http://www.bloomberg.com/politics/articles/2015-06-12/jeb-bush-i-won-t-dwell-on-the-past

    He just lost the TurboTax lobbyists and their friends.

    One thing we know about Republicans, they never want to put in complicated things into the tax code.

  7. Jojo commented on Jun 12

    No One Knows What to Do With Fukushima’s Endless Tanks of Radioactive Water
    Posted By Eliza Strickland on Jun 09, 2015

    This is what passes for good news from Fukushima Daiichi, the Japanese nuclear power plant devastated by meltdowns and explosions after a cataclysmic earthquake and tsunami in 2011: By the end of last month, workers had succeeded in filtering most of the 620,000 tons of toxic water stored at the site, removing almost all of the radioactive materials.

    After numerous false starts and technical glitches, most of the stored water has been run through filtration systems to remove dangerous strontium-90, as well as many other radionuclides. TEPCO, the Japanese utility that operates the power plant, trumpeted the achievement: “This is a significant milestone for improving the environment for our surrounding communities and for our workers,” said Naohiro Masuda, TEPCO’s chief decommissioning officer, in a press release.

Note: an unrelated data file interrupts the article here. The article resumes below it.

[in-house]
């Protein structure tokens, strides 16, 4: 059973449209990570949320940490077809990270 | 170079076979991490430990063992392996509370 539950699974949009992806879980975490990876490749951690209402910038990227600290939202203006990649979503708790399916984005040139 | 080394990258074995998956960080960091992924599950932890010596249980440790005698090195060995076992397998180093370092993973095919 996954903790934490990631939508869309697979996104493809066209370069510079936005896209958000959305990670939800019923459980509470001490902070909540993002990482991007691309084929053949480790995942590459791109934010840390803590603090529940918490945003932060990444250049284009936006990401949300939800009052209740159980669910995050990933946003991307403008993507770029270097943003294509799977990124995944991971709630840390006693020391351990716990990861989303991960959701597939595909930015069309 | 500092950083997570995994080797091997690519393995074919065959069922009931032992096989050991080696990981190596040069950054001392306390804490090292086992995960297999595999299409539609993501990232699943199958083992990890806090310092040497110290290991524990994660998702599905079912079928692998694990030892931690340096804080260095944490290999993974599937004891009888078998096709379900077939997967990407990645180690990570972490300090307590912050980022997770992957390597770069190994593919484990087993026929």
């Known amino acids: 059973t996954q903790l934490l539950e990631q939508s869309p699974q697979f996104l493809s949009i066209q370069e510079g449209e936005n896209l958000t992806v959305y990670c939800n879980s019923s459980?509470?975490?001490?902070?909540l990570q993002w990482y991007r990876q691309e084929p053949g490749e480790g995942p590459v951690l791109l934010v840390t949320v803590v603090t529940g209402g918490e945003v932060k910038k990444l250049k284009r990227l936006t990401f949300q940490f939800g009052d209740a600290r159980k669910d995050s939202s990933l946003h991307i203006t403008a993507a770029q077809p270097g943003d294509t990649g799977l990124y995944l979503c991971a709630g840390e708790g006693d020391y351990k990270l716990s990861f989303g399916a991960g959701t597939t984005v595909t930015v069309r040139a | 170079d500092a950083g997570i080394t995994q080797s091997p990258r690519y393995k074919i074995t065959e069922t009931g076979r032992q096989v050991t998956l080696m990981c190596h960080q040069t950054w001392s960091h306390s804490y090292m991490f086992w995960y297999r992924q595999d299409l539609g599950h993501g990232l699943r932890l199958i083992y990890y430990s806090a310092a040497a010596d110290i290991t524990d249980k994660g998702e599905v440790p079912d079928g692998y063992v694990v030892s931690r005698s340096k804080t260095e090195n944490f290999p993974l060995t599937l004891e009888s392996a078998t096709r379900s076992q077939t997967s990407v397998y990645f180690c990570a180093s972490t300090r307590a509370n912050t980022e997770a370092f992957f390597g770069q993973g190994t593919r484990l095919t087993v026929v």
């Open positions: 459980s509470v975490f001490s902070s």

But it’s not quite so easy to bounce back from a nuclear disaster of this scale. For one thing, don’t take TEPCO’s statement too literally: No one is living in the “surrounding communities”—they’re far too contaminated for human habitation. Furthermore, the filtered water is still full of tritium, a radioactive version of hydrogen. (When two neutrons are added to the element, it becomes unstable, prone to emitting electrons.) Tritium bonds with oxygen just like normal hydrogen does, to produce radioactive “tritiated water.” It’s impractical—or at least extremely difficult and expensive—to separate tritiated water from normal water.

    Hence TEPCO’s dilemma—which gets bigger by the day.

    http://nautil.us/blog/no-one-knows-what-to-do-with-fukushimas-endless-tanks-of-radioactive-water